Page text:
THE proposal by the government to decriminalise suicide is a move in the right direction.

Attempted suicide is regarded as an offence (under Section 309 of the Penal Code), where the person who attempts suicide can be charged. But with the new proposal, those who attempt suicide will not be convicted. This is a landmark proposal and it will go a long way in helping suicidal victims and treating the person as mentally unstable, instead of putting the person behind bars.

Suicide is a cry for help and should be treated as such, and not as a criminal act. There is no doubt that the taking of a life is a crime but taking one’s own life should be viewed from a different perspective. No one in their right mind would want to end their life except if they were facing a life threatening situation.

Suicide has become a frightening reality and a scary trend in our society. A medical newsletter reported that suicide would be the country’s second biggest cause of death after heart disease in five to 10 years.

According to the World Health Organisation, over one million people commit suicide every year. In Malaysia, most suicide cases happen among people between the ages of 15- 30 and 50-75. Unable to cope with mounting pressure from school and work, and unable to deal with examinations, family issues and broken relationships, the young adults take their own lives.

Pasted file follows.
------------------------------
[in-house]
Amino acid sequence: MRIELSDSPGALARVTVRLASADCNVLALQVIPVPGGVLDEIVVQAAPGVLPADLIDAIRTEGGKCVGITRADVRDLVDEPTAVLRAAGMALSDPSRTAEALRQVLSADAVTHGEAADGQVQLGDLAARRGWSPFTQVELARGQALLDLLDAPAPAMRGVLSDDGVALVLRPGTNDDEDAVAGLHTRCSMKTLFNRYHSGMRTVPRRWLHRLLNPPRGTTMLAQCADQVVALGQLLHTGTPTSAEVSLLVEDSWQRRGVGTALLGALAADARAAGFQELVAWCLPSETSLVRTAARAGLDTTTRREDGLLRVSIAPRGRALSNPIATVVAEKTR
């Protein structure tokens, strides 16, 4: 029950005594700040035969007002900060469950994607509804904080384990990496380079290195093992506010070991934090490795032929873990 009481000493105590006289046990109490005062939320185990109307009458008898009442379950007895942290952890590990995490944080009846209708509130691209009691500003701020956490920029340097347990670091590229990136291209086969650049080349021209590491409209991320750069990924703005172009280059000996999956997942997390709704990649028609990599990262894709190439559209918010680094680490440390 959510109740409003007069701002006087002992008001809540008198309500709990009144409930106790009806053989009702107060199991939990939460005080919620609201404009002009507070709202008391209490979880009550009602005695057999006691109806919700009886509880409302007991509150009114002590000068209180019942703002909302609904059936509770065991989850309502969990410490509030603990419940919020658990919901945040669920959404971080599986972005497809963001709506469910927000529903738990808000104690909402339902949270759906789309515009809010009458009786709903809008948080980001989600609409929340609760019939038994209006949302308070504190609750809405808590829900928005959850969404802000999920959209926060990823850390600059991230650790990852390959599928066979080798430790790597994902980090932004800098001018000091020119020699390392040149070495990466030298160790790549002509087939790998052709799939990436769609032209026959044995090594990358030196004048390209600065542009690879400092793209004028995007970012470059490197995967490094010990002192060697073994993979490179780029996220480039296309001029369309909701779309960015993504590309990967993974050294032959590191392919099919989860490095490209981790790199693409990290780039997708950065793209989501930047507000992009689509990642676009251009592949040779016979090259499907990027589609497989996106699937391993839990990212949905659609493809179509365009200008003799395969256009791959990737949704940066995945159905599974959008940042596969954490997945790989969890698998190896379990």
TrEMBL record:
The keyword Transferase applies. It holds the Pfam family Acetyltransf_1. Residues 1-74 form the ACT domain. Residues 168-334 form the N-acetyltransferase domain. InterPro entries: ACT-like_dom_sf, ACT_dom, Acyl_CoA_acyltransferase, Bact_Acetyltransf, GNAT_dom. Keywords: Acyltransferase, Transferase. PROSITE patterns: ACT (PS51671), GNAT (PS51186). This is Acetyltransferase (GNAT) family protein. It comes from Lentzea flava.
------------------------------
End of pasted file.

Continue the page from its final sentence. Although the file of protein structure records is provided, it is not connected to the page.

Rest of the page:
The “pressure cooker” lifestyle leads to a plethora of illnesses, both physical and mental. The elderly face problems of loneliness, depression and ageing.

Suicide is a manifestation of the condition and state of the mental health of a person. A suicidal person loses hope and gives up on life, and chooses in his mind to terminate his existence.

Cousellors and tutors have to be more alert to identify and look out for students with psychological and emotional problems. Every reported case of suicidal tendencies should be investigated promptly and discreetly.

There is a rise in the number of school and college students taking their lives due to examination pressure. Parental and societal pressure to excel in examinations has driven many young children to suicides. The young adults should be given stress-coping mechanisms and strategies in their school and workplace.

There are also many young people who have ended their lives because of failed relationships. Religious authorities should conduct seminars and talks on the value of live and making the most of being alive. No one can go back and start a new beginning, but anyone can start a new day and make a blissful ending.

Time heals everything in life, so be patient for everything will fall into place.

Samuel Yesuiah